This is an end of support announcement for users of Linux Mint 14, 15 and 16. Please upgrade to Linux Mint 17 as soon as possible!
Linux Mint 16 has reached end of support today, July 17th. If you are still on Linux Mint 14 or 15, those have reached end of support on May 16th and January 27th this year respectively (Linux Mint 15 had half the support period of Linux Mint 14).
All Linux Mint 17 releases are LTS releases. This applies to Mint 17.1, too, they all will be supported till April 2019.
; please upgrade as soon as possible.Linux Mint 17.1 Cinnamon
and Linux Mint 17.1 Mate
were released November 29th, 2014. Therefore upgrading to Mint 17.1 directly instead of upgrading to Mint 17 will be perfectly all right.
Linux Mint 17.1 KDE and Linux Mint 17.1 xfce will follow soon...Why being supported does matter
Several security vulnerabilities have been found that aren't fixed on unsupported software. Cf. Main Edition: BASH vulnerability a.k.a. 'Shellshock'
and SSL 3.0 vulnerability a.k.a. "POODLE" (CVE-2014-3566)
. The supported Mint versions 13 and 17 quickly received bugfixes for their software. The obsolete Mint versions 14, 15 and 16 did not and will not. Their software will remain vulnerable.FAQWhat about Linux Mint 13?
If you are still on Linux Mint 13, you're fine as it is supported till April 2017. However, new versions of Linux Mint developed software like Cinnamon, MATE, and the Mint tools will not be available on Linux Mint 13. For the remainder of its support period, Linux Mint 13 only receives updates for security issues.What does "end of support" mean for me?
End of support means that you will no longer receive updates for security issues on your installed software (be that your operating system or programs you use). Most critical this means you will not receive updates to your web browser (and haven't received them in quite some time for Linux Mint 14 and 15), which as time goes by makes it increasingly risky and unwise to use it for anything serious like online banking. Your web browser is the weakest link on your computer.
Users of Linux Mint 14 and 15 may already also be noticing problems while updating or trying to install new software; the servers from which updates and new software is installed are being shut down. This will result in errors in Update Manager and Software Manager. While you can take steps to remove these errors, the fact remains that you will never be getting updates for Linux Mint 14, 15, and 16 again.How do I upgrade to Linux Mint 17?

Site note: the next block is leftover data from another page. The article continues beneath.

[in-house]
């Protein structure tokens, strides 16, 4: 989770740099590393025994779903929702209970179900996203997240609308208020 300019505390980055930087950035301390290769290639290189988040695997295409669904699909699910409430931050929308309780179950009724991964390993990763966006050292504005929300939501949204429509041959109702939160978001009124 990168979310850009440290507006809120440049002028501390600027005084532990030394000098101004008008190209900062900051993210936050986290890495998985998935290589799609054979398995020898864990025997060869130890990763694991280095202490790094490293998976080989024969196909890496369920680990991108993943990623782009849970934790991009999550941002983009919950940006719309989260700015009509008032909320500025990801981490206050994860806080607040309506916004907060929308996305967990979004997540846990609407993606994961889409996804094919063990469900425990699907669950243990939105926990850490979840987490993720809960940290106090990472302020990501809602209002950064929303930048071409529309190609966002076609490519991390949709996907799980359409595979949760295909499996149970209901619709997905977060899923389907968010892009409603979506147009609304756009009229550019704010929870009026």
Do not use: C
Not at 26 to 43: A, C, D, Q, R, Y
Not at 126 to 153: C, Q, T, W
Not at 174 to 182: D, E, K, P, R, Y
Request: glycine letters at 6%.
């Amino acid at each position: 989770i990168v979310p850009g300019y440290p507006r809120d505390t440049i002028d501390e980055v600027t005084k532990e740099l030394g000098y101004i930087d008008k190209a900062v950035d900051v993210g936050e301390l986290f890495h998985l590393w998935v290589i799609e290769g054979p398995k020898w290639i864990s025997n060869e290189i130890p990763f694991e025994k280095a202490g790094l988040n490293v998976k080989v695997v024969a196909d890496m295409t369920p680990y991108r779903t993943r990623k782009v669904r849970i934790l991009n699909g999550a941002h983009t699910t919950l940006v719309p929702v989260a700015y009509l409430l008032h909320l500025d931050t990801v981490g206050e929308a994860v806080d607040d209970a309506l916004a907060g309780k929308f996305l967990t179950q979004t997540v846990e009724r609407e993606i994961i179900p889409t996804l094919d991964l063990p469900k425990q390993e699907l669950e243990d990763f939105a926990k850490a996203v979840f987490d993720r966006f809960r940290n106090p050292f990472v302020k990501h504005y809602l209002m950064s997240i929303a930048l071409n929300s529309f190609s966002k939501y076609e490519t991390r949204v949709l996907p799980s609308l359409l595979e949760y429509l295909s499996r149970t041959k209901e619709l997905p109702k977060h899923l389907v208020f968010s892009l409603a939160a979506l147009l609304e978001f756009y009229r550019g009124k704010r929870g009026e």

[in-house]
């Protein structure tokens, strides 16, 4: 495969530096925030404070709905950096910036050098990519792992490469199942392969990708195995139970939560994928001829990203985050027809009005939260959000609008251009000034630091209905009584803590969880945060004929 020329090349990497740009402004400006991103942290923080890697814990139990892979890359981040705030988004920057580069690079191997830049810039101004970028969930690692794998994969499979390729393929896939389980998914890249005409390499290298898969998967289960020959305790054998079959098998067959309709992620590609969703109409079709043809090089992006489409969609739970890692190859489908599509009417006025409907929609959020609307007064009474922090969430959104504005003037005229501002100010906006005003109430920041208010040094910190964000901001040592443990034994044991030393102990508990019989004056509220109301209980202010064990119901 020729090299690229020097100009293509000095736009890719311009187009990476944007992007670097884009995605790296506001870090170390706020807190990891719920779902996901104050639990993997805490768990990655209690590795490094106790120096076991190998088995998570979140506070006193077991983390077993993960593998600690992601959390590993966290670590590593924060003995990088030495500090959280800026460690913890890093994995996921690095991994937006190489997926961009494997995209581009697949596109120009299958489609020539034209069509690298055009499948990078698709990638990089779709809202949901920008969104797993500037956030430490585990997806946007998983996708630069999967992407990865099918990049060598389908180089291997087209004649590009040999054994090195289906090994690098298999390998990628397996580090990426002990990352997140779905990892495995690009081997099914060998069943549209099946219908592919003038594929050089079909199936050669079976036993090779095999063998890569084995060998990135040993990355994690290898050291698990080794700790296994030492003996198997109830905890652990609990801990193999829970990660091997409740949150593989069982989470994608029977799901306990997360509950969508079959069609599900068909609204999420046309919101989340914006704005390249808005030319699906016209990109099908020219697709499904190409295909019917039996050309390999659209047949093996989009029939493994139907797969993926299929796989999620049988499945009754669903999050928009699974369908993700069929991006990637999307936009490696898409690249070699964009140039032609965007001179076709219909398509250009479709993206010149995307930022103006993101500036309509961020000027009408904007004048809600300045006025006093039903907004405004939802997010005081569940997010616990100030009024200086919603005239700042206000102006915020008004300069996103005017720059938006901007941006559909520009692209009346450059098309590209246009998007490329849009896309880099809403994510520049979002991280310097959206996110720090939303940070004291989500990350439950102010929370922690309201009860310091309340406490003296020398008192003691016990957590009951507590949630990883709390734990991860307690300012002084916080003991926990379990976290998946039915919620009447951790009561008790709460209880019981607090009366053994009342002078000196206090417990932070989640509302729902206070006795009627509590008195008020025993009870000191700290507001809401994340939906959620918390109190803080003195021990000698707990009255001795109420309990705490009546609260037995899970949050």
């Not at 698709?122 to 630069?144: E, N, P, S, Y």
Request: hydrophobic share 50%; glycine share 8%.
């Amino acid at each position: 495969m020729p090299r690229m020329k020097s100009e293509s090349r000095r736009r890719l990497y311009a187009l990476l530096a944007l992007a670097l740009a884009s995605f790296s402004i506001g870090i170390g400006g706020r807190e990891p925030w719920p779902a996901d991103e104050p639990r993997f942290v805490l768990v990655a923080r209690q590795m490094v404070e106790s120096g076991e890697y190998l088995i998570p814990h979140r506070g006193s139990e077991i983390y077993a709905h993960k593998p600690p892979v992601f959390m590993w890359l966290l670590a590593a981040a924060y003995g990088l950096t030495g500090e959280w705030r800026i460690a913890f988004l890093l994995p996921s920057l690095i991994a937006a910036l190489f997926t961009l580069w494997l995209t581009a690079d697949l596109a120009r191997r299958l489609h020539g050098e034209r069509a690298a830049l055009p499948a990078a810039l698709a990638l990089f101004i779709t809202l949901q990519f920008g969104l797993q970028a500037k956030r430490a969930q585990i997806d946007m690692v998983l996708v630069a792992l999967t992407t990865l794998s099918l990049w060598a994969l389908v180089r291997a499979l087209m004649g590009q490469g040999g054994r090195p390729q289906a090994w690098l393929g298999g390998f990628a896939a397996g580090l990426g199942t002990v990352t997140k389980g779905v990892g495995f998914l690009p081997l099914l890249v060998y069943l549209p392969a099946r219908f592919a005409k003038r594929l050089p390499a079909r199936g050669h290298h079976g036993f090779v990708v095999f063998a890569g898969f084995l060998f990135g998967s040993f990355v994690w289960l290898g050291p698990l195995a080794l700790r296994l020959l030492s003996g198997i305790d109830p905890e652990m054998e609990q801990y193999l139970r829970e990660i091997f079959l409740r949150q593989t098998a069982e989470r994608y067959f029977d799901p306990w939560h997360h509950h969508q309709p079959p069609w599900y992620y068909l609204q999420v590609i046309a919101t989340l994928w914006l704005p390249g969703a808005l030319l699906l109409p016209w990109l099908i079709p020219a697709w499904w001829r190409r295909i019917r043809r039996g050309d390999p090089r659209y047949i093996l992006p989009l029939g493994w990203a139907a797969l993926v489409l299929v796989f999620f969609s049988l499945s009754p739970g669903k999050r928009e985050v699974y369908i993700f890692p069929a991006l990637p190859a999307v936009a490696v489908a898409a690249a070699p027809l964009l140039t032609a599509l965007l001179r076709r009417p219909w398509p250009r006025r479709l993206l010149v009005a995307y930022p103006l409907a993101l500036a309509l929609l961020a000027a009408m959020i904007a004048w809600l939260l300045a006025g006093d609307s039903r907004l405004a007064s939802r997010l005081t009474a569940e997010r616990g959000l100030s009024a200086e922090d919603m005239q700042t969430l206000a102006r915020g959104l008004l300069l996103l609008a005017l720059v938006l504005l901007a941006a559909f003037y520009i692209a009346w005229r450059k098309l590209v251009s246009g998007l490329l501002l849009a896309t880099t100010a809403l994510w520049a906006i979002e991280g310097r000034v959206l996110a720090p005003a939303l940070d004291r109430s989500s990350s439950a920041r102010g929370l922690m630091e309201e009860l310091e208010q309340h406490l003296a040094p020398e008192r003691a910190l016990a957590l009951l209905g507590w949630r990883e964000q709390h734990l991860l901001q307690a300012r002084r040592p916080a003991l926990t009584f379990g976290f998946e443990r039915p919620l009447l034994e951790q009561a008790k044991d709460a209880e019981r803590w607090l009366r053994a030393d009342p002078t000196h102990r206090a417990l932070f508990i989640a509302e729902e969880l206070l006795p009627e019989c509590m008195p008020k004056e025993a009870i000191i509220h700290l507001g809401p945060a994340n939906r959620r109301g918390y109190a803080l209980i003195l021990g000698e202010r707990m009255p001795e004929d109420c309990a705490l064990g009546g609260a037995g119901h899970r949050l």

The recommended way is to do a clean installation, as described in this tutorial: http://community.linuxmint.com/tutorial/view/2
. You can install Linux Mint 17 from DVD or from a USB thumb drive (for USB thumb drives, see this tutorial: http://community.linuxmint.com/tutorial/view/744
You can download Linux Mint 17 from here: http://www.linuxmint.com/download.phpWhen should I upgrade, right now?
The intent of this announcement is not to make you rush recklessly into upgrading
Take your time to prepare the steps, make sure you have backed up your important personal files and settings, but try and plan to do the upgrade shortly -- say before end of July or early August.
For Linux Mint 14 and 15 you'll understand there is some more urgency to upgrade, or at least be extra careful on the Internet as you're using an outdated browser that has known security issues.Will I have to upgrade again in 6 months?
Linux Mint 17 is supported till April 2019, so no you don't have to upgrade again in 6 months. For the entire support period of Linux Mint 17 you'll receive updates for security issues.
Between now and the release of Linux Mint 18, which you can expect mid 2016, releases of Linux Mint (17.1, 17.2, and so on) will all based on Linux Mint 17. Those releases will give you new versions of Linux Mint developed software like Cinnamon, MATE, and the Mint tools, and new versions of other popular software as well as enablement of drivers for newer hardware. You'll have the option to upgrade in-place to those releases without needing to do a clean installation.